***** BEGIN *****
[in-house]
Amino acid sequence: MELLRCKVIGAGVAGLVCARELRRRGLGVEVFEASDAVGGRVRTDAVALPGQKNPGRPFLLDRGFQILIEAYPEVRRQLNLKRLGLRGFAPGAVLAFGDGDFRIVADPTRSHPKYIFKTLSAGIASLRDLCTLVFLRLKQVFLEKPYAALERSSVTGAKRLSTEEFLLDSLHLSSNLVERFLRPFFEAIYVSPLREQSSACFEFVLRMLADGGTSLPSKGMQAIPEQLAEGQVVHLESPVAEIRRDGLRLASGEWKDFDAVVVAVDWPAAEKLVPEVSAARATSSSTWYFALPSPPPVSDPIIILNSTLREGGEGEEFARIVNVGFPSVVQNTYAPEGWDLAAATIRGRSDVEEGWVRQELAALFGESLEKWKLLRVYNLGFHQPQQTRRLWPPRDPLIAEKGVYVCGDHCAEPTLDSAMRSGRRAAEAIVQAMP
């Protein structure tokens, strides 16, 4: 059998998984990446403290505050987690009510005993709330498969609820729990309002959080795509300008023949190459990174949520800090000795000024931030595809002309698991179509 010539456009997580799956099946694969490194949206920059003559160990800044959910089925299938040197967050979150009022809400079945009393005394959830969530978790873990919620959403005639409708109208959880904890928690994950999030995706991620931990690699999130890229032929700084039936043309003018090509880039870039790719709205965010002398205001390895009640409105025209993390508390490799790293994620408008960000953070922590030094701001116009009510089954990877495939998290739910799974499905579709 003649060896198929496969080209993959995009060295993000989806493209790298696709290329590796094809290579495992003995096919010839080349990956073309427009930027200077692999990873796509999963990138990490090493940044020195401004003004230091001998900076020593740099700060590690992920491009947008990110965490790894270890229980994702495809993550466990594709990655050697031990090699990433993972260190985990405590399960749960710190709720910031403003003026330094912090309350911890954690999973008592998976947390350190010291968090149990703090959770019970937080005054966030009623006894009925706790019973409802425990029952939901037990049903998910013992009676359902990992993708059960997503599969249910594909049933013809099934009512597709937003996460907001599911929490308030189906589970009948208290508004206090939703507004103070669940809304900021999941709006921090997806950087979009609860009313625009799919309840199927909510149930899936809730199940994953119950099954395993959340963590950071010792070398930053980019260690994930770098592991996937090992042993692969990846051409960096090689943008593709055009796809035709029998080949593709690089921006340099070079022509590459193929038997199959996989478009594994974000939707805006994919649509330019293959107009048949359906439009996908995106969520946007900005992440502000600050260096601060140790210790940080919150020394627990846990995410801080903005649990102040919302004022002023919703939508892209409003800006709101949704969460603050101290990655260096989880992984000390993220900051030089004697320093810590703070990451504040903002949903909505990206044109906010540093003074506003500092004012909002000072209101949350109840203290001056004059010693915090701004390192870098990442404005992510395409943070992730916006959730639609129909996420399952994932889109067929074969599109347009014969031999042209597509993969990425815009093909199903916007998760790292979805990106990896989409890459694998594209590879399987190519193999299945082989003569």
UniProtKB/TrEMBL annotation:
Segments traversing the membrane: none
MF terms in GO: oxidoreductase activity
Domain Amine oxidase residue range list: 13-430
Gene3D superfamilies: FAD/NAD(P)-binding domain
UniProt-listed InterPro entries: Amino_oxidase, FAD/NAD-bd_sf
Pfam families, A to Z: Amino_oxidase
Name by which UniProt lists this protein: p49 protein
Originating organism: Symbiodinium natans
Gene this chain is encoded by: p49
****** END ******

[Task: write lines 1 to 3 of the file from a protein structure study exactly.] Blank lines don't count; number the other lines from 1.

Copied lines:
[in-house]
Amino acid sequence: MELLRCKVIGAGVAGLVCARELRRRGLGVEVFEASDAVGGRVRTDAVALPGQKNPGRPFLLDRGFQILIEAYPEVRRQLNLKRLGLRGFAPGAVLAFGDGDFRIVADPTRSHPKYIFKTLSAGIASLRDLCTLVFLRLKQVFLEKPYAALERSSVTGAKRLSTEEFLLDSLHLSSNLVERFLRPFFEAIYVSPLREQSSACFEFVLRMLADGGTSLPSKGMQAIPEQLAEGQVVHLESPVAEIRRDGLRLASGEWKDFDAVVVAVDWPAAEKLVPEVSAARATSSSTWYFALPSPPPVSDPIIILNSTLREGGEGEEFARIVNVGFPSVVQNTYAPEGWDLAAATIRGRSDVEEGWVRQELAALFGESLEKWKLLRVYNLGFHQPQQTRRLWPPRDPLIAEKGVYVCGDHCAEPTLDSAMRSGRRAAEAIVQAMP
């Protein structure tokens, strides 16, 4: 059998998984990446403290505050987690009510005993709330498969609820729990309002959080795509300008023949190459990174949520800090000795000024931030595809002309698991179509 010539456009997580799956099946694969490194949206920059003559160990800044959910089925299938040197967050979150009022809400079945009393005394959830969530978790873990919620959403005639409708109208959880904890928690994950999030995706991620931990690699999130890229032929700084039936043309003018090509880039870039790719709205965010002398205001390895009640409105025209993390508390490799790293994620408008960000953070922590030094701001116009009510089954990877495939998290739910799974499905579709 003649060896198929496969080209993959995009060295993000989806493209790298696709290329590796094809290579495992003995096919010839080349990956073309427009930027200077692999990873796509999963990138990490090493940044020195401004003004230091001998900076020593740099700060590690992920491009947008990110965490790894270890229980994702495809993550466990594709990655050697031990090699990433993972260190985990405590399960749960710190709720910031403003003026330094912090309350911890954690999973008592998976947390350190010291968090149990703090959770019970937080005054966030009623006894009925706790019973409802425990029952939901037990049903998910013992009676359902990992993708059960997503599969249910594909049933013809099934009512597709937003996460907001599911929490308030189906589970009948208290508004206090939703507004103070669940809304900021999941709006921090997806950087979009609860009313625009799919309840199927909510149930899936809730199940994953119950099954395993959340963590950071010792070398930053980019260690994930770098592991996937090992042993692969990846051409960096090689943008593709055009796809035709029998080949593709690089921006340099070079022509590459193929038997199959996989478009594994974000939707805006994919649509330019293959107009048949359906439009996908995106969520946007900005992440502000600050260096601060140790210790940080919150020394627990846990995410801080903005649990102040919302004022002023919703939508892209409003800006709101949704969460603050101290990655260096989880992984000390993220900051030089004697320093810590703070990451504040903002949903909505990206044109906010540093003074506003500092004012909002000072209101949350109840203290001056004059010693915090701004390192870098990442404005992510395409943070992730916006959730639609129909996420399952994932889109067929074969599109347009014969031999042209597509993969990425815009093909199903916007998760790292979805990106990896989409890459694998594209590879399987190519193999299945082989003569």